It is as much a spiritual as it is a commercialistic sign of where our society is headed that even in the middle of September, before the first leaves on the trees begin to change color, that Halloween candy now makes its appearance on the store shelves… next to the Thanksgiving harvest symbols and pilgrims… and just down the shelf from Christmas decorations. Are people somehow celebrating all three holidays at once? Do folks sit down for candy corn-stuffed Thanksgiving turkey for Christmas dinner on Labor Day?
Perhaps it points to a fear, a “fear of missing out.” This “fear of missing out” is a phrase that has even coined its own acronym, “FOMO.” “Buy now, or you’ll miss out!” “Hurry, hurry, this offer is only on for the next two minutes!” “CALL NOW!” But what is it that we think we are missing out on? Trinkets? Toys? Tasty treats? Is it really the end of the world if these pass us by?
Truly, we should be more afraid of missing out on living a holy life - like the saints we celebrate; or missing out on the heart of gratitude that Thanksgiving is about; or more importantly letting the profound love of Our Infant Savior pass us by; or the ultimate tragedy - missing out on eternal life!
While the fears of missing out on these more significant things are largely out of our control, (we can't purchase them or secure them with a phone call), we do have control over how we deal with and approach them. You may be thinking, "Most of us have no idea when the hour of our own death may come… and Our Lord does warn us that we know neither the day nor the hour when the Son of Man will come, then isn’t this a cause for fear?” Perhaps, but God Himself tells us throughout Scripture, "Be not afraid" and we have this consistent theme of persistence and perseverance interwoven throughout Scripture. If we always persevere, and are always ready, then it is impossible to be caught unprepared.
“Eternal vigilance is the price of freedom.” This quote, most often misattributed to Thomas Jefferson, does contain a spiritual nugget of wisdom: if we want to live in the freedom of God as children of God, which St. Paul insists is possible in Christ, then we need to leave behind those things which are passing and which enslave us behind, and fix ourselves firmly upon the living God who changes not.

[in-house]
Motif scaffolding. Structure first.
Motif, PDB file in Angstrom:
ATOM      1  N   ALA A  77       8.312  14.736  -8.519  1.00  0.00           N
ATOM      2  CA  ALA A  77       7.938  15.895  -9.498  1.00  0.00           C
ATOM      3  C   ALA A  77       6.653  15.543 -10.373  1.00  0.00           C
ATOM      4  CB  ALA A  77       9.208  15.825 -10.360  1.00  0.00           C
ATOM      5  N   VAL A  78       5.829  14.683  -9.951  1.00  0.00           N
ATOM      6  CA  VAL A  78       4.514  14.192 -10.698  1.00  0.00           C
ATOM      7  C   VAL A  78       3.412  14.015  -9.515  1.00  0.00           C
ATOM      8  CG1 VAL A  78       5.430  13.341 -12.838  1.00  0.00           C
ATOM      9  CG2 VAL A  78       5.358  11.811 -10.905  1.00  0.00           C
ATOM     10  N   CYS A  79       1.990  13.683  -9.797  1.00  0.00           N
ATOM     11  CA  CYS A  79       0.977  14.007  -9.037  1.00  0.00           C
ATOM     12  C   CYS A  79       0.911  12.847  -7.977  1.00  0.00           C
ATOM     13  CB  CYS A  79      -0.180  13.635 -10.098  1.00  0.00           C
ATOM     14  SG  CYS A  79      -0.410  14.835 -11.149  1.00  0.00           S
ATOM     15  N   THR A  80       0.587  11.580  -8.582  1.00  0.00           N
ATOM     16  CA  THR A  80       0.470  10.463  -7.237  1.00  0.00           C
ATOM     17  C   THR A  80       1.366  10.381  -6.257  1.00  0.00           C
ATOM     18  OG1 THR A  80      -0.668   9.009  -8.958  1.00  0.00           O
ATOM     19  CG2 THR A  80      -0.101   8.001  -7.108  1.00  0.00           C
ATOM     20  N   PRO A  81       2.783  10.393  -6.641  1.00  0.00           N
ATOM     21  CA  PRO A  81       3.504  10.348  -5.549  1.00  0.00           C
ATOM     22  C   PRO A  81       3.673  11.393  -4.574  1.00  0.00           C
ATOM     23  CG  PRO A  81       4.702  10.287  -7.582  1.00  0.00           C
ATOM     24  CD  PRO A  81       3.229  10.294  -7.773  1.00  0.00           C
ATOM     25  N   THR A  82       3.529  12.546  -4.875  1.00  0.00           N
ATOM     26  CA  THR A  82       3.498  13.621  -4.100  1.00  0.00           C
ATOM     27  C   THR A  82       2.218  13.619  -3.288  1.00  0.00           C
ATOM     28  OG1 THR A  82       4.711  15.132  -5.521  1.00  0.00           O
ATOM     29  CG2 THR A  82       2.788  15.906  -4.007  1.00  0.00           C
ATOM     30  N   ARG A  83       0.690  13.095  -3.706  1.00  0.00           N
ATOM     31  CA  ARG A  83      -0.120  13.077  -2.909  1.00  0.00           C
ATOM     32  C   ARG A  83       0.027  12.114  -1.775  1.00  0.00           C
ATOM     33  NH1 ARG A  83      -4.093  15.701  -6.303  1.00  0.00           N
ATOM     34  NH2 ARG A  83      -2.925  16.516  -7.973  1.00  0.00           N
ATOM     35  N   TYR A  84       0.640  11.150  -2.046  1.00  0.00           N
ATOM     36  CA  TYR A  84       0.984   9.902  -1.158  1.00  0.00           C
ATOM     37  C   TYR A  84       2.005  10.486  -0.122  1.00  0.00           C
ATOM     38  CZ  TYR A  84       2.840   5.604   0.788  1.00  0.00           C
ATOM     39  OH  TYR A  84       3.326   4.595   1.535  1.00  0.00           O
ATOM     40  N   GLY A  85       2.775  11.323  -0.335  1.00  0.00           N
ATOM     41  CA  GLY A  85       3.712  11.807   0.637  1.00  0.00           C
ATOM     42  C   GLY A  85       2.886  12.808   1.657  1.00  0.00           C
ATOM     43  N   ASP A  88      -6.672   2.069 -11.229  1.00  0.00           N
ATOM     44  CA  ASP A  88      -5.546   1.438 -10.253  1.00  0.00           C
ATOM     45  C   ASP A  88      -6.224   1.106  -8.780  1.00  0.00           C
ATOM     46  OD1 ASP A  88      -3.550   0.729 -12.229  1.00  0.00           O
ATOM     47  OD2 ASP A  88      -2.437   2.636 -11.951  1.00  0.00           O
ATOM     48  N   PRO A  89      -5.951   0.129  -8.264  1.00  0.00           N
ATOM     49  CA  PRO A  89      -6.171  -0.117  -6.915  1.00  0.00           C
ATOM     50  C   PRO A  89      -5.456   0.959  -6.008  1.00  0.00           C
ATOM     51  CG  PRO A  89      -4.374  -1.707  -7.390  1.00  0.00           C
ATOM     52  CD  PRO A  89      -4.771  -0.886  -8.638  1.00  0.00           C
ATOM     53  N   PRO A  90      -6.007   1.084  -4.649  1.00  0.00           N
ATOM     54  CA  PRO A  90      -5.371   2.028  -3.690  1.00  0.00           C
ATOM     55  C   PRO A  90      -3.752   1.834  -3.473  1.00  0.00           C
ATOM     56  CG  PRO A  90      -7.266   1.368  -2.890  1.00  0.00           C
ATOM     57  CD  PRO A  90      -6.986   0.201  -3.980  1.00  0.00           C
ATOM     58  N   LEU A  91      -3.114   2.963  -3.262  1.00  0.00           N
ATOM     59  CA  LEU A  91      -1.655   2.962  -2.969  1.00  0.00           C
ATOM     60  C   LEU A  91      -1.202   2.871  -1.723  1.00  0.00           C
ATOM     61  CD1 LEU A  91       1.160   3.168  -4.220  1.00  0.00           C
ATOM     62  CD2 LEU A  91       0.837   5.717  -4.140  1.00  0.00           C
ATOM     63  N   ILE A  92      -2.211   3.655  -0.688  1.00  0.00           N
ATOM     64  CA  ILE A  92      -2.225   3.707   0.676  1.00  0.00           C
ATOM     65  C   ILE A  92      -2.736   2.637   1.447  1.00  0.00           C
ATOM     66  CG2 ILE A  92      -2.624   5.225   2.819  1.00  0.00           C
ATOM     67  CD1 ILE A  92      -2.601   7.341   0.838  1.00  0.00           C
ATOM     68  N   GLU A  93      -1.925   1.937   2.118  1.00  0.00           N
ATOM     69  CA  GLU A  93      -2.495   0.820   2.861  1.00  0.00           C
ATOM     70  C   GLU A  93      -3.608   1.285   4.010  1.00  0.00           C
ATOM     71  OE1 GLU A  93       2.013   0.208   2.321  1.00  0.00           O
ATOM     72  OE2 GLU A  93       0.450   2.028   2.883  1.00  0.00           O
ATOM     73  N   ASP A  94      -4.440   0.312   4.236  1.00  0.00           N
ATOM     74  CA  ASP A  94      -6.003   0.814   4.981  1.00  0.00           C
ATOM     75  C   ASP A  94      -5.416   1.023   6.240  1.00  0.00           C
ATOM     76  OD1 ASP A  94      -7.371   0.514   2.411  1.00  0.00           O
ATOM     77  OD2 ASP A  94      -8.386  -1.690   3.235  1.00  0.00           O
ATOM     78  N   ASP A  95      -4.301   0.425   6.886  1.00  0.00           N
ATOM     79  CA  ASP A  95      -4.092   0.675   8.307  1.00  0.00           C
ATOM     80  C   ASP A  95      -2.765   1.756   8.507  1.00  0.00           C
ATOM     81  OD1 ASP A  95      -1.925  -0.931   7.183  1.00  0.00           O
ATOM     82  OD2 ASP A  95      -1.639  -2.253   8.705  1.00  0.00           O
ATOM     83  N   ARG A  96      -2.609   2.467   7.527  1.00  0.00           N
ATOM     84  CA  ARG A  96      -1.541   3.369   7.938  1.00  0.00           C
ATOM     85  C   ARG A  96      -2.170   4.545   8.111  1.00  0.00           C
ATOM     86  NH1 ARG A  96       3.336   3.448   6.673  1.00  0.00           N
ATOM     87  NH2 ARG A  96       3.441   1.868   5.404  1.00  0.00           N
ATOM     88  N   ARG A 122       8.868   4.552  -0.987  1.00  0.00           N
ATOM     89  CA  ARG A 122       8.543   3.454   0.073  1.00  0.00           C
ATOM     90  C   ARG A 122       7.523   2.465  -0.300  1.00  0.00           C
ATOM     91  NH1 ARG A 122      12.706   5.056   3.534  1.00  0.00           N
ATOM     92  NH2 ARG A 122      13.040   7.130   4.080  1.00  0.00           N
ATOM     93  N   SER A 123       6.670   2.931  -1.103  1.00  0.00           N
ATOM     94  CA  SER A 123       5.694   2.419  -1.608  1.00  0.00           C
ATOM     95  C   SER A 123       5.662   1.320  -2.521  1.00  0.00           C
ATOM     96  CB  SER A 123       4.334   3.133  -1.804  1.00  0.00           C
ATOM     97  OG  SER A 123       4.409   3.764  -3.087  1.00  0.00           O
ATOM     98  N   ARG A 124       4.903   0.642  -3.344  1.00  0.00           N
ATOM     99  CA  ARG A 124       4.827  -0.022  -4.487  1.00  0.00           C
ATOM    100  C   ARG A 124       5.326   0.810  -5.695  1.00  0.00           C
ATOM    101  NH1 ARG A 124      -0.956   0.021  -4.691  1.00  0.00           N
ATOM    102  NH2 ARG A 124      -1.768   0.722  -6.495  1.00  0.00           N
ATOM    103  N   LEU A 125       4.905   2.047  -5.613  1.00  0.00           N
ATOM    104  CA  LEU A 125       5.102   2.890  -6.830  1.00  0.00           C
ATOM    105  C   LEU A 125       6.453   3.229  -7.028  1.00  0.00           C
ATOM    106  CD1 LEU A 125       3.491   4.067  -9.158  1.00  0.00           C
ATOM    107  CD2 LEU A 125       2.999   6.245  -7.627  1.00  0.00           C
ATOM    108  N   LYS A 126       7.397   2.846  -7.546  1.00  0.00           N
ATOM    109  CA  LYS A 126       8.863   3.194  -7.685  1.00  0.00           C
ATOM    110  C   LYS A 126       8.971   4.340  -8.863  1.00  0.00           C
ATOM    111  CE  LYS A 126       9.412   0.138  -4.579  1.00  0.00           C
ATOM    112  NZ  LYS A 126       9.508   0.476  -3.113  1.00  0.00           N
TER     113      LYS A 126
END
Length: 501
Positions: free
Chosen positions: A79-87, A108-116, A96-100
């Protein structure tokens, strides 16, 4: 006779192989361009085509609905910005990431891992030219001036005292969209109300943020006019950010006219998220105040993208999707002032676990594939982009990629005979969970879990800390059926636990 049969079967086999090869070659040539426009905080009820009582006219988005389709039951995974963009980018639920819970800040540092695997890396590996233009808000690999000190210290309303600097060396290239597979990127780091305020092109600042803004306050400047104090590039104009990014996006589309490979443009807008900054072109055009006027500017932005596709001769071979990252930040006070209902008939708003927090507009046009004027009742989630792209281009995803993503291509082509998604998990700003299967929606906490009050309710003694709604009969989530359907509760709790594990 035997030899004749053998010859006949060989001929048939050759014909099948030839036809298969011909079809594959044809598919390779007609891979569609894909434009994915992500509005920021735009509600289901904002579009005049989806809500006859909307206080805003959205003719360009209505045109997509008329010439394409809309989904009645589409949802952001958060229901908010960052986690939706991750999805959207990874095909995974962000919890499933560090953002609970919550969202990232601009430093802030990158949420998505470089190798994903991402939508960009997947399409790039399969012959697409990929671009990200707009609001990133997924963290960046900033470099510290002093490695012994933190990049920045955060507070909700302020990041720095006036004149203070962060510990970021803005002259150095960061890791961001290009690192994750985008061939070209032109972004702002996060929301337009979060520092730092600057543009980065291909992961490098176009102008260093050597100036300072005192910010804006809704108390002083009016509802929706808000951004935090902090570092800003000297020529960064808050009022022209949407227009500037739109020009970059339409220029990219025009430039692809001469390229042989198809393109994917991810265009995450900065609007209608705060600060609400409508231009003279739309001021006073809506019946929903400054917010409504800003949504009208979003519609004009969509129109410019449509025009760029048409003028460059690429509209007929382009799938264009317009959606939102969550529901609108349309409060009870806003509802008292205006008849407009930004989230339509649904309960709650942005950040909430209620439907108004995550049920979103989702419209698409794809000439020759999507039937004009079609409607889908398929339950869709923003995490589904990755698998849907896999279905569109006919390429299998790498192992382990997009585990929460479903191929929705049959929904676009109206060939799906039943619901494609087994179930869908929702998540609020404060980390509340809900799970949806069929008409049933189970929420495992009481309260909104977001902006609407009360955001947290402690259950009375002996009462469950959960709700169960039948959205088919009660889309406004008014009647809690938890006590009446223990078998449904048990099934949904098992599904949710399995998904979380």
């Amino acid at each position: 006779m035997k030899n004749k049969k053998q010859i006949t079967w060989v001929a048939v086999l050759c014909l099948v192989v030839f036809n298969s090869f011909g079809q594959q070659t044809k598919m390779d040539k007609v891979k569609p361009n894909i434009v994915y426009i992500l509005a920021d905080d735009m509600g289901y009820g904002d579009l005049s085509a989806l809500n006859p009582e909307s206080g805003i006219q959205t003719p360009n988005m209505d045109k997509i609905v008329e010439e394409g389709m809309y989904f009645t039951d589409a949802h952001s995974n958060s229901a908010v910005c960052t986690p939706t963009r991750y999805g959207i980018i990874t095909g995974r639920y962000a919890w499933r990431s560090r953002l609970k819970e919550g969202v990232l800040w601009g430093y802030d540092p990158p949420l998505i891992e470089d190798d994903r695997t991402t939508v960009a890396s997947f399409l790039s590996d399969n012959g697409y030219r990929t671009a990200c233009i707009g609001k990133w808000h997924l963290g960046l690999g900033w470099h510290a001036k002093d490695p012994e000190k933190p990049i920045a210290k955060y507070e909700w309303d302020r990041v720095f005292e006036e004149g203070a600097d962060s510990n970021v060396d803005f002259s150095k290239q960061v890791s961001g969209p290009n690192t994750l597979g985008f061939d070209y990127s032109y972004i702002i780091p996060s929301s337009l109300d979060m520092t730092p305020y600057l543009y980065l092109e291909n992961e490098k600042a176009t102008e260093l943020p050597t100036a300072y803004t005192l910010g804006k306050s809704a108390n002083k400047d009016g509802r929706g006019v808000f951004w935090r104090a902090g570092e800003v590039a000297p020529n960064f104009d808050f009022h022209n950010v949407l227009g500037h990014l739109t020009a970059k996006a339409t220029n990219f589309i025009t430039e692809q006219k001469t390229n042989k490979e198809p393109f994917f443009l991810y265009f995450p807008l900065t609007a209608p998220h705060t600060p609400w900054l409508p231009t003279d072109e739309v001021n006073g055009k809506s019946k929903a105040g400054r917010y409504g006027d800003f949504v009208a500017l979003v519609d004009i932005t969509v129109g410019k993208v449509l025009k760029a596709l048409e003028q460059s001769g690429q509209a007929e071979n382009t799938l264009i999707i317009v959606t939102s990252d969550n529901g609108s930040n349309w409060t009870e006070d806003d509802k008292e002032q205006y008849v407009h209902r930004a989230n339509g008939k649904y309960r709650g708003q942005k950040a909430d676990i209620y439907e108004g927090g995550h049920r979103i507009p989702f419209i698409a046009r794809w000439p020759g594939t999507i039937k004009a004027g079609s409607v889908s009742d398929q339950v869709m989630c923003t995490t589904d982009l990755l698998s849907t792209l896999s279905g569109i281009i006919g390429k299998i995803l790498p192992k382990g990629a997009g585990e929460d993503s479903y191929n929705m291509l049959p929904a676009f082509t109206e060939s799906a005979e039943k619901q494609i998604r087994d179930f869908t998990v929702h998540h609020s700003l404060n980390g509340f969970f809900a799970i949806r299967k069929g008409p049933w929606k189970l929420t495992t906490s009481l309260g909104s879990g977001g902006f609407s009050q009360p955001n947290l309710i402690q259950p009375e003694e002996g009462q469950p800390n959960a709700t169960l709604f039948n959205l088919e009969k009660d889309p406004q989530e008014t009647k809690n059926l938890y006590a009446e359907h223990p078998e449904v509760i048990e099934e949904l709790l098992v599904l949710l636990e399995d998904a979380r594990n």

St. Paul is speaking in this context of sins of the flesh, or fleshly allurements (see the first part of Romans 8), but fear in itself can become an addictive and destructive drug all on its own, almost as much as the sins of the flesh, and so Paul focuses our attention to the antidote to fear (perfect love casts out fear) then transitions to “Destiny in Glory” and “God’s Indomitable Love in Christ” of our future in glory as well as our reason for hope in Christ. St. Paul is not giving us a Pollyanna-esque view, for he writes, “We know that all creation is groaning in labor pains even until now; and not only that, but we ourselves, who have the firstfruits of the Spirit, we also groan within ourselves as we wait for adoption, the redemption of our bodies.” (Romans 8:22-23). He also tells us that these sufferings aren't worth comparing to the glory to be revealed in us. Yet, if we are not experiencing in this life the full effects of our redemption, we might be tempted to give up on Christ or doubt our ability to follow Christ.
Well, the key to our solution is in that last phrase, “our ability to follow Christ.” If we depend simply on our own abilities, we will always “miss out” on Christ. We do not call God, we do not buy Him off a shelf, no! God first called us. Our inabilities and failures can cause our hearts to falter. To counter this, we need that great remedy of the virtue of hope, perhaps the least valued of the theological virtues. Yet, St. Paul urges us, “For in hope we were saved. Now hope that sees for itself is not hope. For who hopes for what one sees? But if we hope for what we do not see, we wait with endurance.” (Romans 8:24-25). And this hope also is not based on ourselves but in the God who is Love, whose own Spirit helps us in our weakness, who even "groans" (prays) for us!
This is why I think the season of Advent is important: It helps to build in us that virtue of hope in the midst of darkness and a changing world with all its uncertainty and to trust in the God who loves us; who became a little Baby to save us. When we are children, we wait in joyful hope for Christmas and the Christ Child, for that blessed day when we can hold the Babe of the manger in our arms (and of course, enjoy all our presents).
But as we grow up, I think we become more attuned with that “Second Coming” aspect of Advent. We held the Christ Child firmly in our arms as children. Now as adult believers, we see how much we need God to hold firmly to us as His children. When St. Paul reassures us with, “What will separate us from the love of Christ? Will anguish, or distress, or persecution, or famine, or nakedness, or peril, or the sword?” (Romans 8:35), he is not negating that anguish or distress or persecution will happen to us in this world. Rather, he negates that they can cause us to “miss out” on God and instead affirms that in all these things we are "more than conquerors through Him who loved us" (Romans 8:37).
So let us be ready- watchful in hope, waiting in trust, but above all, faithful to the One who loves us.